Greetings from Lomé, Togo, West Africa. I pray that everyone had a great start to this New Year 2012.
During our short stay in Ghana after leaving Sierra Leone, one thing on my heart was to be able to find Jonas, a former patient, actually one of the first patients I met when I moved to the Anastasis in Ghana in June 2006. Though all I had was his first name, his home town and a before surgery photo. I first met him at the surgical screening day in 2006 and after he finished the screening process, he returned with joy to tell me that he was accepted and had a surgery appointment. I awaited his arrival in our hospital and was actually able to observe his surgery (see below photo). During his recovery, I visited him almost daily for many weeks. Though when he departed, I didn’t obtain any of his contact information.
On the 29 December 2011, I really felt to leave work early and to go and see if I can find him. His hometown is Tema Newtown, an industrial/fishing area near the port city of Tema with tens of thousands of residents. I prayed and off I went taking a shared taxi from the roundabout. While in the vehicle I explained to the driver and other passengers what I was attempting and requested their advice. The driver let me off in a location he thought I should start in. The first group of guys I asked, said to walk farther down. Then I saw two ladies and approached them and one shared she actually saw Jonas that morning. With excitement, I asked, do you know where he lives and she said Yes!!! There was a hint for a Christmas bonus (money) which I didn’t have, but her and her friend walked me back through a maze of shacks for about eight minutes and then I looked left and there was Jonas standing right there and after only split second, he recognized me. It was a great reunion as we last saw each other in October 2006. Please see the photo to the right of Jonas and some of his friends, a nephew and myself outside his shack. Jonas has a condition which actually partially grew back and he knew and was informed that would happen. After visiting, I told him I would check with the surgeon about whether we can schedule a second surgery while the ship is in neighboring nation of Togo – just the next country to the East and only 3-4 hours by public transport.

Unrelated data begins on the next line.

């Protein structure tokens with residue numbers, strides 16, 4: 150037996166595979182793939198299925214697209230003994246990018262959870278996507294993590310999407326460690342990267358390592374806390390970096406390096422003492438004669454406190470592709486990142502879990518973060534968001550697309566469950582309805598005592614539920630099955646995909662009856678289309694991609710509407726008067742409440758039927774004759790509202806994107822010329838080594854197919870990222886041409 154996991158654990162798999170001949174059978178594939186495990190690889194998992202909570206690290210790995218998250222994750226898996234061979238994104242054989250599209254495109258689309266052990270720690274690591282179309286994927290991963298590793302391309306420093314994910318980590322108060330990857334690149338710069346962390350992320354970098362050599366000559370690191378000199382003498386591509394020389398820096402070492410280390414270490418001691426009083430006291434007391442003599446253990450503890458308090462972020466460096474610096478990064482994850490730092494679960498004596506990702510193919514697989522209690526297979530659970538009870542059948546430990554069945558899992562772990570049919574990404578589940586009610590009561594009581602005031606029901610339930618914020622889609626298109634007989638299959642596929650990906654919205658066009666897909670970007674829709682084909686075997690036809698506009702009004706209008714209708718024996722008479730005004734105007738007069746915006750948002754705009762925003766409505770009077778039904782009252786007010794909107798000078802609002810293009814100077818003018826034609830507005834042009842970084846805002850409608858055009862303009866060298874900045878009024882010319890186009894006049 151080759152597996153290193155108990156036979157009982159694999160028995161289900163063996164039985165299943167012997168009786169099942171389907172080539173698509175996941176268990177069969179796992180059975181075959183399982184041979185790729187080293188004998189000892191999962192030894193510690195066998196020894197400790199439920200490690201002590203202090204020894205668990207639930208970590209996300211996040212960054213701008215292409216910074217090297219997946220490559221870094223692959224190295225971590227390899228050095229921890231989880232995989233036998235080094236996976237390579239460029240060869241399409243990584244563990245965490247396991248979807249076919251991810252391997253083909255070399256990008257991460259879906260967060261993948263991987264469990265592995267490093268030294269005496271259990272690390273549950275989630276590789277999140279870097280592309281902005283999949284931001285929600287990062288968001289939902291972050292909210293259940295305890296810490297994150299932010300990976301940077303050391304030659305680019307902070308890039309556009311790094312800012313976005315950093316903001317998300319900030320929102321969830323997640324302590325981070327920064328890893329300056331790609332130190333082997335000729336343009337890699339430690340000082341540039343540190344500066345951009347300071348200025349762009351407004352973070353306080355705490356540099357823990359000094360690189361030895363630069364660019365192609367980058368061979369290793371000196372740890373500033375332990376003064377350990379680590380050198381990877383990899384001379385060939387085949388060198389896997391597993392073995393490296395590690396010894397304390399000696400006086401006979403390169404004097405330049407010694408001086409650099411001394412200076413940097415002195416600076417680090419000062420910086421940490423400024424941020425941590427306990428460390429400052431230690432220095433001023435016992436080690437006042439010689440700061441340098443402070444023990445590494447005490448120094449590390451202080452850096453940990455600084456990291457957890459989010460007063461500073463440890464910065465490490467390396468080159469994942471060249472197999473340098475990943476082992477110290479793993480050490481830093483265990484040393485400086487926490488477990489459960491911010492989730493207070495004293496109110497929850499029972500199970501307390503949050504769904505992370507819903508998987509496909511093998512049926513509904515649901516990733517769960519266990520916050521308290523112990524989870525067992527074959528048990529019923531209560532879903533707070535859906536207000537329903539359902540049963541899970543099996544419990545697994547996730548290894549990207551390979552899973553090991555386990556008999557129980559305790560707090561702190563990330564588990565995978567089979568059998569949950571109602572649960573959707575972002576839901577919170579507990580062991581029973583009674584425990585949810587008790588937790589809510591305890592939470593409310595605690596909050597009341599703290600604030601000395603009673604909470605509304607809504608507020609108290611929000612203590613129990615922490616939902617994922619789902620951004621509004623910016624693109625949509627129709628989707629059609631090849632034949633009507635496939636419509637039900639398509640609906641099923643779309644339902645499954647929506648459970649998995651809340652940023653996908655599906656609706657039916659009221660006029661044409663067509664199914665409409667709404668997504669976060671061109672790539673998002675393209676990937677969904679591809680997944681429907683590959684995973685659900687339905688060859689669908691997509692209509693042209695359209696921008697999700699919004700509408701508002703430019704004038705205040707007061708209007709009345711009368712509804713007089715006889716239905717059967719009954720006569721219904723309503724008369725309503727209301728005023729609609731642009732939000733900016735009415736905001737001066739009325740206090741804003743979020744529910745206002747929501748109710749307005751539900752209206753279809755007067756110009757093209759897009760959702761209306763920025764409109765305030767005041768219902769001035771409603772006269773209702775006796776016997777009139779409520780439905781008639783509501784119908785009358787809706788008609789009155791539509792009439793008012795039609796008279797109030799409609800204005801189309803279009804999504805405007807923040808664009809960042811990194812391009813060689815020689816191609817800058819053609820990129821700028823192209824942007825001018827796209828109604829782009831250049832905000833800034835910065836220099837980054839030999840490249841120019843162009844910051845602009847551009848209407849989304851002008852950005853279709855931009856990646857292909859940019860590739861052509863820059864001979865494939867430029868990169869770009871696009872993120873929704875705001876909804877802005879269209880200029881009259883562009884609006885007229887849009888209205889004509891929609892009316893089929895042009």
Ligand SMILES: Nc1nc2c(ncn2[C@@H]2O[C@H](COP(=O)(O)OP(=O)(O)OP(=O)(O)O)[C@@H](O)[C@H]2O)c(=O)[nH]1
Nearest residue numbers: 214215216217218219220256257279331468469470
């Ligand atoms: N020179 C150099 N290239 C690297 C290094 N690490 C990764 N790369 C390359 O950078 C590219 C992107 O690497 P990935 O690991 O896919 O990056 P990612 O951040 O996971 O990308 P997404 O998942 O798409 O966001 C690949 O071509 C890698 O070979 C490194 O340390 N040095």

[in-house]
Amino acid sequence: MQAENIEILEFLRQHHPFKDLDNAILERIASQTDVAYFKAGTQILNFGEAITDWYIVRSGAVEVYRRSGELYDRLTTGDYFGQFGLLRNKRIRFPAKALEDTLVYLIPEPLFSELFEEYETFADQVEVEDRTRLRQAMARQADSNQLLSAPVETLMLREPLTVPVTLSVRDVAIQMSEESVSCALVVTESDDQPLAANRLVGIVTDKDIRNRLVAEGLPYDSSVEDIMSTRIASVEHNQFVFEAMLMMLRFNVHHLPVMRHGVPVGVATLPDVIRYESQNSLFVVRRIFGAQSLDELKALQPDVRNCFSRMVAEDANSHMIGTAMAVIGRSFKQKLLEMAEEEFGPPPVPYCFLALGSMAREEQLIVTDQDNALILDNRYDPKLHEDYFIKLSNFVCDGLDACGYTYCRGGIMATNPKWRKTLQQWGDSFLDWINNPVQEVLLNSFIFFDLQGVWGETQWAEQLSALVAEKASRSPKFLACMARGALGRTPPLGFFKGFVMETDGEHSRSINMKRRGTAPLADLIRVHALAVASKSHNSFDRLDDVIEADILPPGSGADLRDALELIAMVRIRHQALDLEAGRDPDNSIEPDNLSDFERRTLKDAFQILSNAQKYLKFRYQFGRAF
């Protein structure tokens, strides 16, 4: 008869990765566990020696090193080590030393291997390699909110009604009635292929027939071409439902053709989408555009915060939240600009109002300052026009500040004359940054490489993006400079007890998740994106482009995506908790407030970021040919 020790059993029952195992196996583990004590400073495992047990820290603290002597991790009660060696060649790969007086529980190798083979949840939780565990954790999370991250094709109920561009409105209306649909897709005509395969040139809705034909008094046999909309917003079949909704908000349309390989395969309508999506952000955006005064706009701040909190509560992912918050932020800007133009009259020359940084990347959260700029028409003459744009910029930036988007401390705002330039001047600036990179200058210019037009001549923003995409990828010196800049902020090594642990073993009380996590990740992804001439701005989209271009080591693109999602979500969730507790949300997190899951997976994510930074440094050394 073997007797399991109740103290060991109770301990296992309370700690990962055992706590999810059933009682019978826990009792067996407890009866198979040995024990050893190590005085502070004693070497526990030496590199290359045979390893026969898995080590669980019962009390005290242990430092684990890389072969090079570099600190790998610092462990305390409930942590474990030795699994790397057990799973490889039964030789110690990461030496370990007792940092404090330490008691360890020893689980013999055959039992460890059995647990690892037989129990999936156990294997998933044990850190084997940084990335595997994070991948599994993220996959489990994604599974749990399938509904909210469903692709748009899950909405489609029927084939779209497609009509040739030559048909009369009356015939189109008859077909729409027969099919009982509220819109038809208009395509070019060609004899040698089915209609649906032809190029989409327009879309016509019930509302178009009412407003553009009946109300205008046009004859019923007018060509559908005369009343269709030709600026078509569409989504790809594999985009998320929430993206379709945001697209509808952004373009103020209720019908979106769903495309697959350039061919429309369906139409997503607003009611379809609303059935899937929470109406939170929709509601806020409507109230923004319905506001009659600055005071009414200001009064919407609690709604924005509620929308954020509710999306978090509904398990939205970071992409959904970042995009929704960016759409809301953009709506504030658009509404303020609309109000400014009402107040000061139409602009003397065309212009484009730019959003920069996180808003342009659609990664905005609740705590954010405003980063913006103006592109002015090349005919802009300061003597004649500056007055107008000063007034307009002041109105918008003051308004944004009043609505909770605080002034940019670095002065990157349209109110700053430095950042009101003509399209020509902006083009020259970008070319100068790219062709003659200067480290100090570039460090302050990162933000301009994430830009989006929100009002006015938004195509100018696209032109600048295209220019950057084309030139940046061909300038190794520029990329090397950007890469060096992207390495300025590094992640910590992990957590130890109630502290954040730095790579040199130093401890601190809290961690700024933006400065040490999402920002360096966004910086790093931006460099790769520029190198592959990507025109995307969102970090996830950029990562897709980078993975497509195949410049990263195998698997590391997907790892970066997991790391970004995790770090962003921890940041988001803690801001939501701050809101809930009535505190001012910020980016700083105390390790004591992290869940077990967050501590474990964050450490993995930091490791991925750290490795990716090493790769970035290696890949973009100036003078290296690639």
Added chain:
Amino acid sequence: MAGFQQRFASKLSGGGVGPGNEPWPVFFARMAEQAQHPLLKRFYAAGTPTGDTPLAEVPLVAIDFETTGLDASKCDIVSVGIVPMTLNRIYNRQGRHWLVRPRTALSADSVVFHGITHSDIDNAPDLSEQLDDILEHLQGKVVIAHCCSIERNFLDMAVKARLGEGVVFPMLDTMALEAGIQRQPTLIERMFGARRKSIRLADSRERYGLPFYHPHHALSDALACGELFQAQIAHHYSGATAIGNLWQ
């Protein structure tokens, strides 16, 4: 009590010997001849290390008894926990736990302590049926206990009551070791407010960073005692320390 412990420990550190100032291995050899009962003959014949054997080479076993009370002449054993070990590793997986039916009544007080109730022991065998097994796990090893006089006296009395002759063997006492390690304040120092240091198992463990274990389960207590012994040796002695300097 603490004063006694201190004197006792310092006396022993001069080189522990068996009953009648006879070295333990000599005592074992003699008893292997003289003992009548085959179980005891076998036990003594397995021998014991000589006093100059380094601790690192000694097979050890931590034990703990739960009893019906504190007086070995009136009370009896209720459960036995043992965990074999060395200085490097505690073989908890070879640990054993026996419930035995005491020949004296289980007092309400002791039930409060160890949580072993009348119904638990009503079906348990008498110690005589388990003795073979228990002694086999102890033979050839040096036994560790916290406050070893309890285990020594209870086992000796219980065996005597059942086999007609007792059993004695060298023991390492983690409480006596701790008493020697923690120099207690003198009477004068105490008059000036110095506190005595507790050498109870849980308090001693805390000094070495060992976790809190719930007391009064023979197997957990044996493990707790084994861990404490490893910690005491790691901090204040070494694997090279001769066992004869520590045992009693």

Dr. Gary remembered Jonas and said to turn in his contact information to the Patient Flow Manager and we’ll see if he can be scheduled (need to wait till after the Togolese patients screened in 2010 are scheduled).
Next Wednesday, February 1st, the entire crew will be involved in the surgical screening for this field service – the surgical specialties include: maxillofacial, plastic reconstructive, ophthalmic, VVF (vesicovaginal fistulas) and general. The operating rooms will be open for 17 weeks and we expect to provide surgery for over 1,200 patients. One of which may be Jonas.
Our Chief Medical Officer shared this prayer with us related to the surgical screening and I wish to share it with you. “That He (Father God) would bring to us all the people He has purposes for with us and that He would keep away those He doesn’t have purposes for with us.”